Freakonomics: ‘Poverty and family structure are intertwined’

Freakonomics: ‘Poverty and family structure are intertwined’

Freakonomics is the popular podcast that aims to expose the “hidden side of everything” by applying economics research to everyday realities. In a recent episode, they sought to understand why marriage is on the decline. Their conclusion was staggering: there is a clear link between child poverty and unmarried parents.

“It turns out that poverty and family structure are intertwined in this country,” Professor Melissa Kearney, a University of Maryland researcher, told Freakonomics’ Stephen Dubner. “You can’t be interested in children’s well-being and not look at family structure.”

According to Kearney, only 5 percent of births in the U.S. were to unmarried mothers in 1960. In 2014, that number skyrocketed to 40 percent. Along with it has come clear instances of poverty and signs that children caught in the middle are suffering as a result.

“Research consistently shows that kids who live with two married parents have lower rates of poverty, have higher cognitive test scores in childhood, have fewer behavioral problems,” she said. “They seem to have better health outcomes. They’re less likely to live in poverty when they’re 25. They’re more likely to complete college and they’re less likely to become young, unmarried parents themselves.”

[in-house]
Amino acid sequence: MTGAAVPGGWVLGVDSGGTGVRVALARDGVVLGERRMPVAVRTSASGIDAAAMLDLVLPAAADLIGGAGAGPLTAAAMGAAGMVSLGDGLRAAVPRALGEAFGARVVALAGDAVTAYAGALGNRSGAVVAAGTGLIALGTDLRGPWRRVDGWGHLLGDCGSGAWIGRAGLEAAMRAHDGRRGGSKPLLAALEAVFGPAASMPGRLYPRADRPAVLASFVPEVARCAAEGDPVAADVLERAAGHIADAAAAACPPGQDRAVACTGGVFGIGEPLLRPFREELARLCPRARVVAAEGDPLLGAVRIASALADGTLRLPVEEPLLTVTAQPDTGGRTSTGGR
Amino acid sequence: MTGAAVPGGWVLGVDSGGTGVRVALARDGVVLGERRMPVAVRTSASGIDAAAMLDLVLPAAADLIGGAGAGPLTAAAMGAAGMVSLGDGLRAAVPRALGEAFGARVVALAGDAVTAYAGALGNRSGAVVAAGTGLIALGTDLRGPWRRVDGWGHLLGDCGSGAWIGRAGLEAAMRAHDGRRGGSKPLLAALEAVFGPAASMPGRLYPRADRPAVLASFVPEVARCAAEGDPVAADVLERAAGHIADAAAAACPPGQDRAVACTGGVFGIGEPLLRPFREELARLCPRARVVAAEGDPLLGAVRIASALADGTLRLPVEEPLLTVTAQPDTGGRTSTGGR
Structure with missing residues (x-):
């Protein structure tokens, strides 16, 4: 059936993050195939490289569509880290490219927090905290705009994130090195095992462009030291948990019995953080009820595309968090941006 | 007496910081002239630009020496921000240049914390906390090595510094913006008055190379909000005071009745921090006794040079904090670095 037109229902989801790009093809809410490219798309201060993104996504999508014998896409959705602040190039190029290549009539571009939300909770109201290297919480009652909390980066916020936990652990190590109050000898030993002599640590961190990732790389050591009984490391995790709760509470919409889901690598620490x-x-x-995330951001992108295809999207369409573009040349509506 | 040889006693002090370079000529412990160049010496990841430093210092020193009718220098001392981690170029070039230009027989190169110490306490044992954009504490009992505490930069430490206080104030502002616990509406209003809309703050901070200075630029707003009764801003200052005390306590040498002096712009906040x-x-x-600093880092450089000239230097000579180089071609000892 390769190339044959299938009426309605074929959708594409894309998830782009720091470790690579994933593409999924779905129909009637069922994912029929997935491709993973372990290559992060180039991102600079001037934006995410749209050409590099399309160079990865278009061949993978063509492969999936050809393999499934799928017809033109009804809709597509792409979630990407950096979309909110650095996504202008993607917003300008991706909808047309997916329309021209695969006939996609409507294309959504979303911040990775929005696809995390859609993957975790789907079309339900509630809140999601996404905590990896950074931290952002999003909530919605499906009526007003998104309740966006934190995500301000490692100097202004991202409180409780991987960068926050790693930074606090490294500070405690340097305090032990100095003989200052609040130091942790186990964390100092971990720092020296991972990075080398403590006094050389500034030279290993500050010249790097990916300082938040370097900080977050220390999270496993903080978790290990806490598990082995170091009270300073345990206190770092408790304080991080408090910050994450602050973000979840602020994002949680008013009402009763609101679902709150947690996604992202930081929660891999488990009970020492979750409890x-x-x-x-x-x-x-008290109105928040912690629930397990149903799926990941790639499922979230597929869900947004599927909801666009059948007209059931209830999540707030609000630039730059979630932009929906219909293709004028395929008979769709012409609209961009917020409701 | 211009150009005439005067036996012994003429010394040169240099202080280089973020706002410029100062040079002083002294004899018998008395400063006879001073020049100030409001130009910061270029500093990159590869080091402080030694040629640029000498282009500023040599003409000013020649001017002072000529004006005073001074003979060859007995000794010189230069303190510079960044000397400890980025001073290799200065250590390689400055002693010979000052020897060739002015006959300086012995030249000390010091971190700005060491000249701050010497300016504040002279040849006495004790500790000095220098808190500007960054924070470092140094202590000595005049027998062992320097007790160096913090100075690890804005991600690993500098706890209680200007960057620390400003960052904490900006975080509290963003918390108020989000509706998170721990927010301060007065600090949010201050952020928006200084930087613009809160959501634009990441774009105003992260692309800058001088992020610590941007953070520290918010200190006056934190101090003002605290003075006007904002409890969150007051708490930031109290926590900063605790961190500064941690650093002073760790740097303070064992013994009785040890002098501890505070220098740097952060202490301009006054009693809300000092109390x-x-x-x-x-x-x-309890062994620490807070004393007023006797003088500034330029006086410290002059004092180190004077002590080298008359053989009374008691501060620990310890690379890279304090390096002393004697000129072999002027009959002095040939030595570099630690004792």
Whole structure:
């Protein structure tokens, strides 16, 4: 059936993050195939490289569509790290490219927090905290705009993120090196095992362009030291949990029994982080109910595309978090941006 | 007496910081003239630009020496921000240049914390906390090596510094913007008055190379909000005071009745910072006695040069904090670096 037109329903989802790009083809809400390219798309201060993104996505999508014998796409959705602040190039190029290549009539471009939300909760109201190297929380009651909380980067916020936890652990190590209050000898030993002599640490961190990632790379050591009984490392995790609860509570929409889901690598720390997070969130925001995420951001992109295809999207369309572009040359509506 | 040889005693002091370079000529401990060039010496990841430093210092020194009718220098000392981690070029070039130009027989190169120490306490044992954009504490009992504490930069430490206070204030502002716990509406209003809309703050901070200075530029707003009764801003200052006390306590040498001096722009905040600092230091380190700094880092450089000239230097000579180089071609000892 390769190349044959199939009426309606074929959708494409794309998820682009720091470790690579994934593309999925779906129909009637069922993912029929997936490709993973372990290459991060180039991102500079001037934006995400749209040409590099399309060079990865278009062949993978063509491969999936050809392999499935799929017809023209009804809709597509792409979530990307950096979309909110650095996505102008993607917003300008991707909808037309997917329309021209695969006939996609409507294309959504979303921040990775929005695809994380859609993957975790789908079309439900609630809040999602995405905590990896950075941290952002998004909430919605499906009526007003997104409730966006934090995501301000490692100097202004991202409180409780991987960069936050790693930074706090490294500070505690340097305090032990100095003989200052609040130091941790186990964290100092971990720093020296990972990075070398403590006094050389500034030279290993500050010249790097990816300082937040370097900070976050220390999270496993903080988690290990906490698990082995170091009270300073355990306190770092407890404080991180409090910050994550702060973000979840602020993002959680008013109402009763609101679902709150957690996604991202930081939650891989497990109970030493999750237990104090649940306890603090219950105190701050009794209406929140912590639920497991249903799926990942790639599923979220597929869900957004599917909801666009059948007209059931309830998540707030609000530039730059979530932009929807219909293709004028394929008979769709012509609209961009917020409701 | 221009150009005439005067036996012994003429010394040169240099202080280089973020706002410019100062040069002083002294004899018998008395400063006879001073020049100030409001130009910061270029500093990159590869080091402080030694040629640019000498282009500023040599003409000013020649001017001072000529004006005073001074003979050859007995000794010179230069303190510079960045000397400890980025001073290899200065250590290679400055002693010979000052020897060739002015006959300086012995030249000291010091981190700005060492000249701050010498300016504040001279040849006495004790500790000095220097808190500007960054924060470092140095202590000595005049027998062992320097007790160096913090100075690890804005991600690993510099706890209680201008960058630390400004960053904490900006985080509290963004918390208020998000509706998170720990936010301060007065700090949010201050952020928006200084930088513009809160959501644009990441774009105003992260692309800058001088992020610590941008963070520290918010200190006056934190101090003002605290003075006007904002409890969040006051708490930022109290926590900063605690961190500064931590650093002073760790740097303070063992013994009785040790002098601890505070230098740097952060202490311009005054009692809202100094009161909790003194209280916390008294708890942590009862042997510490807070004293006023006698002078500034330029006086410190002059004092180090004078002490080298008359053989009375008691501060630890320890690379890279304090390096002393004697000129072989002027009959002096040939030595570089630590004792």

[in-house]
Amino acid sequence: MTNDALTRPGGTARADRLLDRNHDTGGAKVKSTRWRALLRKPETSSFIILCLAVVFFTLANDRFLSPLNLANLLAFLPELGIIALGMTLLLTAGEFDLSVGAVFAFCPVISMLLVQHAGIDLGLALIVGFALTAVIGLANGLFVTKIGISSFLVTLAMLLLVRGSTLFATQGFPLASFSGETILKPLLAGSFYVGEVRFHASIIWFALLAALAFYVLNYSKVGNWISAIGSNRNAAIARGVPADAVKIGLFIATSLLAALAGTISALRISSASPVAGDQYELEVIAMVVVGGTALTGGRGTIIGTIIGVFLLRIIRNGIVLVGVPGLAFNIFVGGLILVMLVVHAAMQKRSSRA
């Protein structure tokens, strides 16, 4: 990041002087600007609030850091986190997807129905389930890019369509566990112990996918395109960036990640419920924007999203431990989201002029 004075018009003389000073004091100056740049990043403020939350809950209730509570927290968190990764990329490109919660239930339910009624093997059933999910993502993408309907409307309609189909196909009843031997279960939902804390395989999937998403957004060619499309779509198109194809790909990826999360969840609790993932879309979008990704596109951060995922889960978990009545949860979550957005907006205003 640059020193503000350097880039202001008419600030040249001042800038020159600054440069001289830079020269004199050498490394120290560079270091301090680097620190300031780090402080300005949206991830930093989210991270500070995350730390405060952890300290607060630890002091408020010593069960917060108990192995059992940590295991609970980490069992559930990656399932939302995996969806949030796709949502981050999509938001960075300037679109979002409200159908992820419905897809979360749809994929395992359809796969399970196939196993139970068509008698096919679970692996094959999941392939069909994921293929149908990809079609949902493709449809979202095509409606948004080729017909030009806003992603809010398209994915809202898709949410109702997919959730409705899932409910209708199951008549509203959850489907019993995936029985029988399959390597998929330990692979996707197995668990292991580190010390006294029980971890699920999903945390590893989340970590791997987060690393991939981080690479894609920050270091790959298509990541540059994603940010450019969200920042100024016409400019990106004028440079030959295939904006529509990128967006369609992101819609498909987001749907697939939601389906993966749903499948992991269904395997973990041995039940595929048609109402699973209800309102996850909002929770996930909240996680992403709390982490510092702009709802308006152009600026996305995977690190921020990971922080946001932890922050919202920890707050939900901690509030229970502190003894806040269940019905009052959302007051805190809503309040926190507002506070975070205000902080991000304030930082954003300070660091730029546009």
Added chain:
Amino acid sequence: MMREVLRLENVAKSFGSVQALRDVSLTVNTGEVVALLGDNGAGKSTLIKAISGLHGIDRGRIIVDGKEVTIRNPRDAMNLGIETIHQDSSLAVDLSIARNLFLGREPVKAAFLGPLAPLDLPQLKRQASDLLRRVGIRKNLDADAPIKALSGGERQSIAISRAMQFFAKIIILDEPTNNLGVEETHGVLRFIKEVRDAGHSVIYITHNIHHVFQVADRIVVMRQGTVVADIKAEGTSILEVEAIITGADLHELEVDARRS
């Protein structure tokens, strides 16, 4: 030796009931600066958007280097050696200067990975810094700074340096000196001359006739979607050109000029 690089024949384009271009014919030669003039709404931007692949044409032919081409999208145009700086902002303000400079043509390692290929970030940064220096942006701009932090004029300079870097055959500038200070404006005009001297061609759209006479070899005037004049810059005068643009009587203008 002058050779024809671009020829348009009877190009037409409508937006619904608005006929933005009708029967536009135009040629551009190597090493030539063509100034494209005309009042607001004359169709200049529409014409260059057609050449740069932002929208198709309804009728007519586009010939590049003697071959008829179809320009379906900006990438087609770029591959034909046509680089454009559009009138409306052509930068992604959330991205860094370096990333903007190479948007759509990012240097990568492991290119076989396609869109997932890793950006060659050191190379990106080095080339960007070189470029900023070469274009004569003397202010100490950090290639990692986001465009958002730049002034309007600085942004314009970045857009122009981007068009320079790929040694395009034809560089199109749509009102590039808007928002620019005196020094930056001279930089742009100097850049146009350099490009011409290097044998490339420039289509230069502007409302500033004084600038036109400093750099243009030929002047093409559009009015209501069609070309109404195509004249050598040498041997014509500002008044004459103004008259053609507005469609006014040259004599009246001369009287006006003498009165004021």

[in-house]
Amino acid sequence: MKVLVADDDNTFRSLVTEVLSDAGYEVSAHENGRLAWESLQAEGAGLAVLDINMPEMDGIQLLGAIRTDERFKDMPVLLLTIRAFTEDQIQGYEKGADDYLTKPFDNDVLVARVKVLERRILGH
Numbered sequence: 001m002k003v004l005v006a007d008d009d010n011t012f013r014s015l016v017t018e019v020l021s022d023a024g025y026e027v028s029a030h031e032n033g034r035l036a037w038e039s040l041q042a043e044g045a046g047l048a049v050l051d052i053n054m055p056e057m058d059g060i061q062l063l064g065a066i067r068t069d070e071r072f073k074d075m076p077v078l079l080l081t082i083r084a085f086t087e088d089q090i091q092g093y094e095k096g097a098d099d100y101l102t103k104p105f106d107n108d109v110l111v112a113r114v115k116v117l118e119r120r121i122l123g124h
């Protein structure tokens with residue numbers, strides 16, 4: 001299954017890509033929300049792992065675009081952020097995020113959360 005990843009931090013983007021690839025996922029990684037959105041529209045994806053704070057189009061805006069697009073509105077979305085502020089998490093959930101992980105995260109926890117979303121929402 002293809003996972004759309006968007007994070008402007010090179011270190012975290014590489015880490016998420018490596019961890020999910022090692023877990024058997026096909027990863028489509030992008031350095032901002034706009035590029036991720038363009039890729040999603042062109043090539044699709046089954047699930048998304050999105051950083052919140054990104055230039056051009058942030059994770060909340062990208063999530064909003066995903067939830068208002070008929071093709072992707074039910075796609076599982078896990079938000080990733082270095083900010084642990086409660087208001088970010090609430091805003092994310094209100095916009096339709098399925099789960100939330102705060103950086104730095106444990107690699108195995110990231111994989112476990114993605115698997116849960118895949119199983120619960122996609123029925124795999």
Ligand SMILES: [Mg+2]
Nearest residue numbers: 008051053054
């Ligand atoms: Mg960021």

The news revealed by Freakonomics supports years of research by the Georgia Center for Opportunity and others.

GCO President and CEO Randy Hicks says that there is hope of breaking the cycle for children and their parents. In a recent op-ed, he points to what he calls the “success sequence,” a research-backed three-pronged formula for success in America: graduate from high school, get a full-time job (or have a partner who does), and marry before having children.

“For children caught in multi-generational cycles of poverty, a good education can be a stick in the spokes of the poverty cycle that slows it down; for an adult, it’s a job; and for couples, it may be relationship enrichment programs and other supports,” Hicks said.

The Georgia Center for Opportunity offers programs and resources for parents looking to better the legacy of their families. For classes and other information, check out the Healthy Families Initiative.

GCO Goes to the Nation’s Capitol

GCO Goes to the Nation’s Capitol

On June 28th, GCO’s Eric Cochling traveled to Washington, D.C. to be part of the Full House Committee on Oversight and Government Reform meeting, which took an in-depth look into “programs and legislation aimed at rehabilitating offenders, facilitating a successful transition from prison to community, and reducing recidivism.”

GCO provided a written testimony to our nation’s leaders but was also instrumental in providing the opportunity for William C. McGahan, Chairman of Georgia Works!, to testify before the committee. If you’re interested in hearing the committee’s conversation, you can view the meeting video online.


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GCO Seeking Experienced Communications Manager

GCO Seeking Experienced Communications Manager